Column: ‘Antiques Roadshow’ spawns aging issues
Prairie Public Broadcasting’s “Antiques Roadshow” will be in Bismarck May 31.
We watch the “Antiques Roadshow.” It’s nostalgic to see all of those things we grew up with. In some cases, people are getting big bucks for stuff we could have saved if we had known.
Some folks come up with real pricey antiques bought at garage sales or salvaged from dumpsters. “Antiques Roadshow” has really helped the garage sale market. Of course, the garbage collectors hate to see all of that junk scattered around the dumpsters.
Ruth is on the right track. As we get older, one could start out real and become fake. I don’t know of any aging person who is proud of approaching inevitable decrepitness. So we fake it.
The Medicare people appreciate it when we pretend we don’t need medical help. Of course, there are always some folks who have no self-respect, running to the doctor for every hangnail. They think they are cheating the government, but taxpayers are the victims.
Auction sales used to be real entertainment for me. I loved the camaraderie of other cheapskates. I would even buy something once in a while. I have 57 screwdrivers to prove it. That’s not an exaggeration; it’s an actual count. I find it difficult to resist those boxes of junk going for a dollar.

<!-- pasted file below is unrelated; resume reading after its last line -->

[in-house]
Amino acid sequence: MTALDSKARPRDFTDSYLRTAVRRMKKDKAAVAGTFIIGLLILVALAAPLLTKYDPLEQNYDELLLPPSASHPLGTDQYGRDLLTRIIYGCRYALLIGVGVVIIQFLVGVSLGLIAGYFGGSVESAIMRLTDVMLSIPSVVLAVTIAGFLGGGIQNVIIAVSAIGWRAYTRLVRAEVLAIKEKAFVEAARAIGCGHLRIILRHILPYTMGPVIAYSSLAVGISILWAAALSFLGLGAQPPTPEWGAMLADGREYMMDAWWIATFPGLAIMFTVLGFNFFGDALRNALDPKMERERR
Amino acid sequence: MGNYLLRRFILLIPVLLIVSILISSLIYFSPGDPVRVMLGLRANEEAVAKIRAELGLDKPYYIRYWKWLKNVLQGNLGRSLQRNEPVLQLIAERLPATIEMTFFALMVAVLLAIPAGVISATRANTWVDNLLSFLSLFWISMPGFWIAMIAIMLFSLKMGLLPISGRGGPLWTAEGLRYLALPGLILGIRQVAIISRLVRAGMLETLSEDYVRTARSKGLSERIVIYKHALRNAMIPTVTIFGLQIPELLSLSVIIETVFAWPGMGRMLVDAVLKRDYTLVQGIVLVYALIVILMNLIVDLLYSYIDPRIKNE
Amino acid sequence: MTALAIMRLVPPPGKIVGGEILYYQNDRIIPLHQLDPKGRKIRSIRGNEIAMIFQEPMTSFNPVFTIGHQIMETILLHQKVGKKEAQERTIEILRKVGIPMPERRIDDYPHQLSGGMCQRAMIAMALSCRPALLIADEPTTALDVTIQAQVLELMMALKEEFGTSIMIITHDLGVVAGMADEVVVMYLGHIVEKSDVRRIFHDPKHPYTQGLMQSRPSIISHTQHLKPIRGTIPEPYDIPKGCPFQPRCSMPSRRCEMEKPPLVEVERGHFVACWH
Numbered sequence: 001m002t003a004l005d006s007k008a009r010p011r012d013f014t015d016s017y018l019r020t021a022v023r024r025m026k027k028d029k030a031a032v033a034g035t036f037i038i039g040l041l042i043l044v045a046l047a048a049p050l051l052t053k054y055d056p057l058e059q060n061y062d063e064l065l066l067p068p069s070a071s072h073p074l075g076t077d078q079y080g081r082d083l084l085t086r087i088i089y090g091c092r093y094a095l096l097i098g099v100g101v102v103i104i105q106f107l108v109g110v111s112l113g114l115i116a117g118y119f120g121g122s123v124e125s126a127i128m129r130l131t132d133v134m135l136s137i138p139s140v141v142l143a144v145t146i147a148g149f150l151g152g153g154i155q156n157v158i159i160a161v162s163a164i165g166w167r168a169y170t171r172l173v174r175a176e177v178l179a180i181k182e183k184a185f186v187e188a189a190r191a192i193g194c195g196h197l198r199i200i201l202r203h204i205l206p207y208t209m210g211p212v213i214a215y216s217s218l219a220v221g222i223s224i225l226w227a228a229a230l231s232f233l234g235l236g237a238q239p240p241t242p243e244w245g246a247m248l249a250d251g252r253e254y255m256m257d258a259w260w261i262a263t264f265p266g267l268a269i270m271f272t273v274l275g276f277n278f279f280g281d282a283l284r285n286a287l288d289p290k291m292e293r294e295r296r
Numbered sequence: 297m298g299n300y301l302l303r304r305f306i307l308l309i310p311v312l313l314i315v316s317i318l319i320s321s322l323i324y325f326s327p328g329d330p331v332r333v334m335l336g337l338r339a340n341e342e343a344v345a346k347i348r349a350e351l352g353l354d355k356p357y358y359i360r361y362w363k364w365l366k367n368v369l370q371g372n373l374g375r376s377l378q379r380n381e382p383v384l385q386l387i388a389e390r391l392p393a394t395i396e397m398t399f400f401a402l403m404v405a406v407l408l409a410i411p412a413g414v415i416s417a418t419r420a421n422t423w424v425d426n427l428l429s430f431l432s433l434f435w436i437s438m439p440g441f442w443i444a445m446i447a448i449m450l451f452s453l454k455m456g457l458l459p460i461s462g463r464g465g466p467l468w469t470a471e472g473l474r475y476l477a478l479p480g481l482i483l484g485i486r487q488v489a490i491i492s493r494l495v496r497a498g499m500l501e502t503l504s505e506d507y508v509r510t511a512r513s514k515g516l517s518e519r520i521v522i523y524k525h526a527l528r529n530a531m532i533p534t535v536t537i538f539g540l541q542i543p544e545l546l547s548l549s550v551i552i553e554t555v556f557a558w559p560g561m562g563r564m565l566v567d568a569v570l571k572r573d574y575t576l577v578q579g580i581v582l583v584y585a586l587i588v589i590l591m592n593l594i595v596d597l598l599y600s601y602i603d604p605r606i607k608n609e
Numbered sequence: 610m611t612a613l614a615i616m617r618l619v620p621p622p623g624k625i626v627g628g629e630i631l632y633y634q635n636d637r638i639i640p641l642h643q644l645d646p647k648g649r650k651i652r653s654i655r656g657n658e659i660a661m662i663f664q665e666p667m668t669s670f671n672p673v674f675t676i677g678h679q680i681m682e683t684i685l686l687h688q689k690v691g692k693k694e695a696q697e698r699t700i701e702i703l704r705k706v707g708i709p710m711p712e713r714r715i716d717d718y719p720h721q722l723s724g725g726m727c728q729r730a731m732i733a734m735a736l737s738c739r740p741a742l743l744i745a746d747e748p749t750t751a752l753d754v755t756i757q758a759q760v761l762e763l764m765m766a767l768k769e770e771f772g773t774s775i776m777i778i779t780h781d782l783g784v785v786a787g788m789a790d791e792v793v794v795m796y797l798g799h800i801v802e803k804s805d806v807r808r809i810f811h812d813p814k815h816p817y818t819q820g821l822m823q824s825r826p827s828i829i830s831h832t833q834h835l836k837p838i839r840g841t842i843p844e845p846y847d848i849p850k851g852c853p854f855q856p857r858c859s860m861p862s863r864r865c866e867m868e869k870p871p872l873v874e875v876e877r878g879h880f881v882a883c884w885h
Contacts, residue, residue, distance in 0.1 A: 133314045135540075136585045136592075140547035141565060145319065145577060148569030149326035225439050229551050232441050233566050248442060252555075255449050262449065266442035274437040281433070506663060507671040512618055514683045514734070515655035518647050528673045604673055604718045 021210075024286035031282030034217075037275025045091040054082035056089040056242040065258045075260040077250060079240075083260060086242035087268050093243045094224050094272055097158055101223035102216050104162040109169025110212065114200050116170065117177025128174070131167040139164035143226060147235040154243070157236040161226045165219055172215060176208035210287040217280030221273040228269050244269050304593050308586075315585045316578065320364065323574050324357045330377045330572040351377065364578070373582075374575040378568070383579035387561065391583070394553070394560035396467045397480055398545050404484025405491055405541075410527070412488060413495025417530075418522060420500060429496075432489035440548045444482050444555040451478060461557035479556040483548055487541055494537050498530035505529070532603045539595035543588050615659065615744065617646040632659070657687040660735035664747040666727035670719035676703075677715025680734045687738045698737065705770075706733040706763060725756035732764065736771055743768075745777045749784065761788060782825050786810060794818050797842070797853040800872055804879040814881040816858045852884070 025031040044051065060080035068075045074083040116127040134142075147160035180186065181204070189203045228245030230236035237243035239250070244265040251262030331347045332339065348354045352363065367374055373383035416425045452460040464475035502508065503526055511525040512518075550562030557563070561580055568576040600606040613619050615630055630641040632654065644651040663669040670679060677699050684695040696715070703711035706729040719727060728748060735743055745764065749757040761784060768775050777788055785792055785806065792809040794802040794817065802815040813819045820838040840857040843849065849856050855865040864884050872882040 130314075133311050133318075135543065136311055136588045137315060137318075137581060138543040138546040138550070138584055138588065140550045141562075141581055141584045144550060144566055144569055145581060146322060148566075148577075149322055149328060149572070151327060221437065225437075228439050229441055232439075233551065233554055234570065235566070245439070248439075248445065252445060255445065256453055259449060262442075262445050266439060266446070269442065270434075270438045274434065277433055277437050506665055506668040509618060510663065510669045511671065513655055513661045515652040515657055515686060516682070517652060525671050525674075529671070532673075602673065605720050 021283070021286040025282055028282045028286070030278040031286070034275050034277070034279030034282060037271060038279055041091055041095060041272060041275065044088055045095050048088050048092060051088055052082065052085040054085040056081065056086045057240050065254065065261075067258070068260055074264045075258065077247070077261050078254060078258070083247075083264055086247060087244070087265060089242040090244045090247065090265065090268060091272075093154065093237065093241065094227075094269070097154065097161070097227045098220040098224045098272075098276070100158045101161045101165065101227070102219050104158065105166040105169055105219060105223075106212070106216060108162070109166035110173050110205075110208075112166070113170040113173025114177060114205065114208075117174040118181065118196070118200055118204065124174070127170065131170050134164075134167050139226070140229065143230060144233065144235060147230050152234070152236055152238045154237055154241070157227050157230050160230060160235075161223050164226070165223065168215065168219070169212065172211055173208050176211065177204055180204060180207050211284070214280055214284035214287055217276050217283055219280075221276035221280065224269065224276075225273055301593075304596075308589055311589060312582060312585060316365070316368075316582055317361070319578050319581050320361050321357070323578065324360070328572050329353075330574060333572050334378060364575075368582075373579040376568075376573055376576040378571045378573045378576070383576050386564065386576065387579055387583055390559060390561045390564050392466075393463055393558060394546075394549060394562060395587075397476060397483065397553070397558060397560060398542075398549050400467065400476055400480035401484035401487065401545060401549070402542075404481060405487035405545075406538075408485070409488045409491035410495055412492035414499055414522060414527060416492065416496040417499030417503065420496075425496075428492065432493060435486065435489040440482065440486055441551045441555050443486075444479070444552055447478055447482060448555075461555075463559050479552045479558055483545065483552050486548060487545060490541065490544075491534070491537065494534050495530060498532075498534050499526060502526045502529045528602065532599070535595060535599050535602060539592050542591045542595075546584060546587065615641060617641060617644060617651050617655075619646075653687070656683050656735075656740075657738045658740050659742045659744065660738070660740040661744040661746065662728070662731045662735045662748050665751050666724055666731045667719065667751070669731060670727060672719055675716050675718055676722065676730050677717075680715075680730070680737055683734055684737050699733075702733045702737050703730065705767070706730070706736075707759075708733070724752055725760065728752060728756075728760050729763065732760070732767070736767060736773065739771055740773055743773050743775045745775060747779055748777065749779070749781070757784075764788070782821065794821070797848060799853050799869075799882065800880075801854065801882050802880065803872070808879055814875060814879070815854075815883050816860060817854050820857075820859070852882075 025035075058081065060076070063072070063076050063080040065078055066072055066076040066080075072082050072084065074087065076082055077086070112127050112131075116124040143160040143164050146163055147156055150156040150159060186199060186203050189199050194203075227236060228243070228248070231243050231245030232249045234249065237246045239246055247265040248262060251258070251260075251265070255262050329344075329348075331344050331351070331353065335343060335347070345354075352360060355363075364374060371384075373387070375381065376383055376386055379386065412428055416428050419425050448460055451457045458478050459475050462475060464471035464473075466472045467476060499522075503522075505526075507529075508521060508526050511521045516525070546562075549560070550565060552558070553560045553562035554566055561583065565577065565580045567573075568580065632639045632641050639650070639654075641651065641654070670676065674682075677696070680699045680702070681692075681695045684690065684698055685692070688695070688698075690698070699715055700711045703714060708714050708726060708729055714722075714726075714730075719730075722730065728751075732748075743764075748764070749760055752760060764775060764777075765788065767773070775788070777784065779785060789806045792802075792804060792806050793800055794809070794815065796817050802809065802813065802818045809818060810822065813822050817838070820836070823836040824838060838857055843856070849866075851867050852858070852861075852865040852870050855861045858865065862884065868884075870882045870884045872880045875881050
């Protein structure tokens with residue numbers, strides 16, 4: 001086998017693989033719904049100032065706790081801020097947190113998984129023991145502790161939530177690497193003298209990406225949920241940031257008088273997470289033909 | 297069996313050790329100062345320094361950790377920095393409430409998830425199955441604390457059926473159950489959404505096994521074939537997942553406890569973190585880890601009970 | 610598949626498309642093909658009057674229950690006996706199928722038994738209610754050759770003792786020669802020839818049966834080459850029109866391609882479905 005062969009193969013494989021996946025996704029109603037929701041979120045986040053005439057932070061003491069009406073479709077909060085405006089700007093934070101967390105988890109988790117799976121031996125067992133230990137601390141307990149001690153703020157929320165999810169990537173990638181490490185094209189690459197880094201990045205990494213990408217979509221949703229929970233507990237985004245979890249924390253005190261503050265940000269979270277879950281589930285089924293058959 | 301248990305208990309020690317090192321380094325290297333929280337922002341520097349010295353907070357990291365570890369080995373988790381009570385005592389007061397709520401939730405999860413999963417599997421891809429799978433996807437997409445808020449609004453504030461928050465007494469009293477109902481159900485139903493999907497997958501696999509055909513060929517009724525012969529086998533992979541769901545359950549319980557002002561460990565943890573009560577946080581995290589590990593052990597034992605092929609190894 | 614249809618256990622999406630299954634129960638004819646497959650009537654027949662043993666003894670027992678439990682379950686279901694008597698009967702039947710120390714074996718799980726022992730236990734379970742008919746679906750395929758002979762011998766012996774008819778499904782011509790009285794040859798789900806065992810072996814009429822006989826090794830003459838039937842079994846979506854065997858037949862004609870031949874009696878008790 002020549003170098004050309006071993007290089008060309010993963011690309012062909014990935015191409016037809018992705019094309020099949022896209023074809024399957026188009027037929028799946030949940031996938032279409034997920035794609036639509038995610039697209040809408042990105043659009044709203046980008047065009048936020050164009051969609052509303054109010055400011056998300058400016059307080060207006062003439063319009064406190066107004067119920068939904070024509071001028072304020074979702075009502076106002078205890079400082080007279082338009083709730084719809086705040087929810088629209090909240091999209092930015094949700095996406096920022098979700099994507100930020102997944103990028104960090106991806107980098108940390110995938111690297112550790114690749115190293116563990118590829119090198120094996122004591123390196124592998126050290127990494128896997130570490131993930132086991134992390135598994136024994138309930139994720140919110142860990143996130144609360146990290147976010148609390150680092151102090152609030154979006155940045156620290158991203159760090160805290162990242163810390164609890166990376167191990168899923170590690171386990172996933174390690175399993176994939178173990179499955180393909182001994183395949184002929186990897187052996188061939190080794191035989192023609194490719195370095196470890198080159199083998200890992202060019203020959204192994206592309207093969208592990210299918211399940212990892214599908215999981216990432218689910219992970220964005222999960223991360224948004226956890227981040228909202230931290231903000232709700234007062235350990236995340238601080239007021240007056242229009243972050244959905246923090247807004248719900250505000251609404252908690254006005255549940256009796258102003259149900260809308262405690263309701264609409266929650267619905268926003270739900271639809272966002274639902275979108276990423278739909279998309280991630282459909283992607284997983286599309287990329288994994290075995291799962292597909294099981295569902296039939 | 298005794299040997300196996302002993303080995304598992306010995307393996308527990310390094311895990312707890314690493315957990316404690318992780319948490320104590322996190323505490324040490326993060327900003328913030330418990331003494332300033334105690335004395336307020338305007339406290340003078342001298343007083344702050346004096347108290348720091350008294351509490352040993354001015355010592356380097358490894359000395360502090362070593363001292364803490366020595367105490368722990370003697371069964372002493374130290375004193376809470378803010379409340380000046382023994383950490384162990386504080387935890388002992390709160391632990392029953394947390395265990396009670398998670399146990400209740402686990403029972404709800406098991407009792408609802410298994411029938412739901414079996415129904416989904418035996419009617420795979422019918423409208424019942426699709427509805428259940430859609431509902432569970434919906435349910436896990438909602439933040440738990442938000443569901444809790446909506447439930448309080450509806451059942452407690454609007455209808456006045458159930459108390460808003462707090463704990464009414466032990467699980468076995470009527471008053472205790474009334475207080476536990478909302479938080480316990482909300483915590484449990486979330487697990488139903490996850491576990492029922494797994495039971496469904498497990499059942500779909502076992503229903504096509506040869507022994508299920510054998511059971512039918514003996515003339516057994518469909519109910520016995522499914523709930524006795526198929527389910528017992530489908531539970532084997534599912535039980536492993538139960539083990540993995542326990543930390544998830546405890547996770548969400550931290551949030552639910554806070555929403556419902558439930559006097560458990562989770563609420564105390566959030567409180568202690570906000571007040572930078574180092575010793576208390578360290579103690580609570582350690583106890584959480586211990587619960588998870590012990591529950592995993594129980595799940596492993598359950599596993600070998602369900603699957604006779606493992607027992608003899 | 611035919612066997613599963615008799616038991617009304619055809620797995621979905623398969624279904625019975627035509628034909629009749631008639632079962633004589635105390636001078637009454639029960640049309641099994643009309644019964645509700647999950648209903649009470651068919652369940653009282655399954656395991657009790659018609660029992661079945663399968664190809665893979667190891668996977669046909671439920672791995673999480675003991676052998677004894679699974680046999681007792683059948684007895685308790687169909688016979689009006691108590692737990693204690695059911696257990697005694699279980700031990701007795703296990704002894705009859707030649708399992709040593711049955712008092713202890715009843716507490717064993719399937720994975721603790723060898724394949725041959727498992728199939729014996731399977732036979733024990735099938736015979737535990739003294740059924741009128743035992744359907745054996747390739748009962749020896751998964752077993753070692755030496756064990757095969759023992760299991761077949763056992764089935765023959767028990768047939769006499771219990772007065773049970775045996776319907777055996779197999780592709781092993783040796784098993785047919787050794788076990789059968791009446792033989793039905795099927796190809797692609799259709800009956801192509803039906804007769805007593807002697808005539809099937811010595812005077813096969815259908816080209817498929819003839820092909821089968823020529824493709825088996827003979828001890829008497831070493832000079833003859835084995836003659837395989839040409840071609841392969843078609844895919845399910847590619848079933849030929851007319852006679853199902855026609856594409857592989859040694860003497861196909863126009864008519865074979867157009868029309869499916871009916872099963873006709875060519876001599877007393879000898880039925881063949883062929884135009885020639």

But I no longer have any interest in durable goods. The only advertisements in the Sunday paper that interest me are the grocery inserts and restaurant discount coupons — immediate usable items.
One time Phil Harmeson, my associate in the University of North Dakota Bureau of Governmental Affairs, was trying to persuade former Gov. John Davis, R-N.D., to buy airline tickets 30 days in advance to save money on his travel to a gathering of governors we were sponsoring.
“Look!” Davis said. “I don’t even buy green bananas.”
It was an old line but really funny when said by a former governor.
Folks respond to becoming antiques in unpredictable ways. Some decide to splurge on fancy vehicles to burn up the estate before they go. Apparently, they doubt the intelligence of their spendthrift kids, often for good reason.
At our house, we are on the frugal side. In fact, our car is so old it eats hay. I buy tires one at a time as needed. A gas fill is now 5 gallons. As for my aged pickup, it has none. If it were a horse, I would shoot it.
Pharmacies are now authorized to go from 30-day to 90-day supplies of drugs. Just think of the windfall with folks leaving huge drug collections behind after Medicare has paid for them. Most medications are going to outlive people.
Gun fever has seniors behaving as though they were fighting snakes. The National Rifle Association has them believing they needs guns to “stand” their ground even though they don’t have anything worth stealing.
With reduced cognitive skills, they are more likely to shoot themselves than a burglar skulking in the dark. Their homes have never been burglarized, but everybody needs something to fear. It justifies irrationality.
The man said that we have nothing to fear but fear itself. It seems that fear is back. I am beginning to fear the fear of others, especially when they have guns.
I wonder if the “Antiques Roadshow” will have rest areas.
(Lloyd Omdahl, of Grand Forks, is a former lieutenant governor, state tax commissioner and state budget director)